Documents acquired from the city via a Freedom of Information Act request are shedding more light on the possible grounds for downtown developer Mark Brown’s lawsuit against property appraiser Ivo Romenesko.
Last August, Brown bought the Charlottesville Parking Center, LLC (CPC), which owns the land under the Water Street parking garage and has a stake, along with the city and other partners, in the garage itself. Several months before Brown acquired the company for $13.8 million, Romenesko conducted an appraisal for the company’s previous owners that Brown contends set the lease on the land far too low. His lawsuit, filed late last month in Charlottesville Circuit Court and first reported by C-VILLE, accuses Romenesko of professional negligence and claims $4.25 million in damages.
Brown did not return a request for comment for this follow-up report, and an employee at Romenesko’s firm, Appraisal Group, said the boss had no comment. Speaking on behalf of Charlottesville City Manager Maurice Jones and Chief Financial Officer Aubrey Watts, city spokeswoman Miriam Dickler said staff did not want to weigh in on the issue due to the pending litigation.
But appraisals and analyses of the Water Street garage and the lot under it obtained by C-VILLE offer a little more insight.
One is the very appraisal that’s at the center of the suit. Dated February 5, 2014, it was intended to determine the value of the land under the garage and an appropriate market rent for its lease to the Water Street Parking Garage Condominium Association (WSPGCA), of which both the city and CPC are members.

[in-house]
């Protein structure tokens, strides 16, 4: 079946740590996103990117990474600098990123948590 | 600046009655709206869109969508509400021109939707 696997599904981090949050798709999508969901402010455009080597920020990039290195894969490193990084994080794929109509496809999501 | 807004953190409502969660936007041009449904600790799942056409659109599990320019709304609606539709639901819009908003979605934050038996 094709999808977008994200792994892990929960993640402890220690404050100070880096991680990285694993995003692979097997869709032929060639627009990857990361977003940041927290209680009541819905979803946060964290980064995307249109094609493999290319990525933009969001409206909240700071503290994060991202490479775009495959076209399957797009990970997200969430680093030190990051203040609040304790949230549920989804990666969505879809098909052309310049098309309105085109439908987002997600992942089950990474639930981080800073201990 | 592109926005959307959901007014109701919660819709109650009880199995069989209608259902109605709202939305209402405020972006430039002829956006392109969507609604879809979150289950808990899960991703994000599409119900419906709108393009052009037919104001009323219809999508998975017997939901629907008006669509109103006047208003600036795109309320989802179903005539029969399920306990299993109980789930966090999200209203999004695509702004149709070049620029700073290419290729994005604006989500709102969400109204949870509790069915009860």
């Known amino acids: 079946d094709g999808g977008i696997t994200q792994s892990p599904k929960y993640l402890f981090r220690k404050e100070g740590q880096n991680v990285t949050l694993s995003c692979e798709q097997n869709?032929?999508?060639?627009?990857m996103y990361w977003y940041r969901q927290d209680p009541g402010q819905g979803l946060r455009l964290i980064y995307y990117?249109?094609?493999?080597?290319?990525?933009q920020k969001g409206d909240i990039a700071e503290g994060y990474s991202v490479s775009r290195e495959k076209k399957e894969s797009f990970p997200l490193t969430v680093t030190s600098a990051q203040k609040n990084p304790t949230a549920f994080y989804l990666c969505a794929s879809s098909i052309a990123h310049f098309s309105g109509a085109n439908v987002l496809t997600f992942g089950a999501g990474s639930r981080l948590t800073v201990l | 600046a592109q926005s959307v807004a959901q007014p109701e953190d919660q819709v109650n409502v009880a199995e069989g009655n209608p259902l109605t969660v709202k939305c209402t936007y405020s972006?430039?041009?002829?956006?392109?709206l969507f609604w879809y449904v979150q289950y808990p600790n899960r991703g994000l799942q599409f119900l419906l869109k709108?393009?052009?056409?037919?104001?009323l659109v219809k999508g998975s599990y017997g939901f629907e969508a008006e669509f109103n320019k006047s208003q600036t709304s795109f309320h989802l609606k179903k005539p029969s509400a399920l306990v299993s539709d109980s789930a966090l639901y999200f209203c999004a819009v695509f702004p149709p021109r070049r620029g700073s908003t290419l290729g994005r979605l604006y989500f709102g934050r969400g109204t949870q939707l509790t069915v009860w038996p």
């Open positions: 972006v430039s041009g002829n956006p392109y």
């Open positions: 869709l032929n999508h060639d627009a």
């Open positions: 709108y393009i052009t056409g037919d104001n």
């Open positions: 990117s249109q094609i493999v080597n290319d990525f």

Thanks to an earlier contract, the condo association had been enjoying a good deal: an annual ground lease rent of $167,691. But that amount was scheduled to reset to “market value” on July 1, 2014, and the rent would be locked in for 10 years.
In his 42-page appraisal, Romenesko set that market rent at $415,000, a number he arrived at by valuing the property at $7.35 million and suggesting a lease rate of 5.65 percent.
A separate document, however, offers an alternate explanation for how the company settled on the lease amount, and suggests it should have been much higher. In a study commissioned by Brown shortly after he took control of CPC, real estate services group Cushman & Wakefield reported that the true market rent was estimated to be more like $1 million—and said CPC knew that.
“The condominium association could not afford market rent,” the Cushman & Wakefield report says. CPC could have insisted on the higher amount. “Given CPC’s long standing relationship with the City, they chose not to pursue this course,” the report says, and the parties struck a deal.
The report goes on to note that CPC’s new owner can, however, look forward to a big rent spike—eventually. The ground lease will reset again in 2024, which could allow Brown to up the rent or take over the garage altogether through foreclosure.
Is Brown’s suit over Romenesko’s $415,000 lease value an indication that he’s unwilling to wait that long to make up for what he believes was an artificially low agreed-upon rent? He won’t say. And neither Jones nor Watts was willing to comment on what would happen to parking fees in the Water Street garage should the city and the rest of the condo association partners suddenly face a ground lease that’s more than double their current rate.
“It’s really impossible to know what they would do,” said Dickler.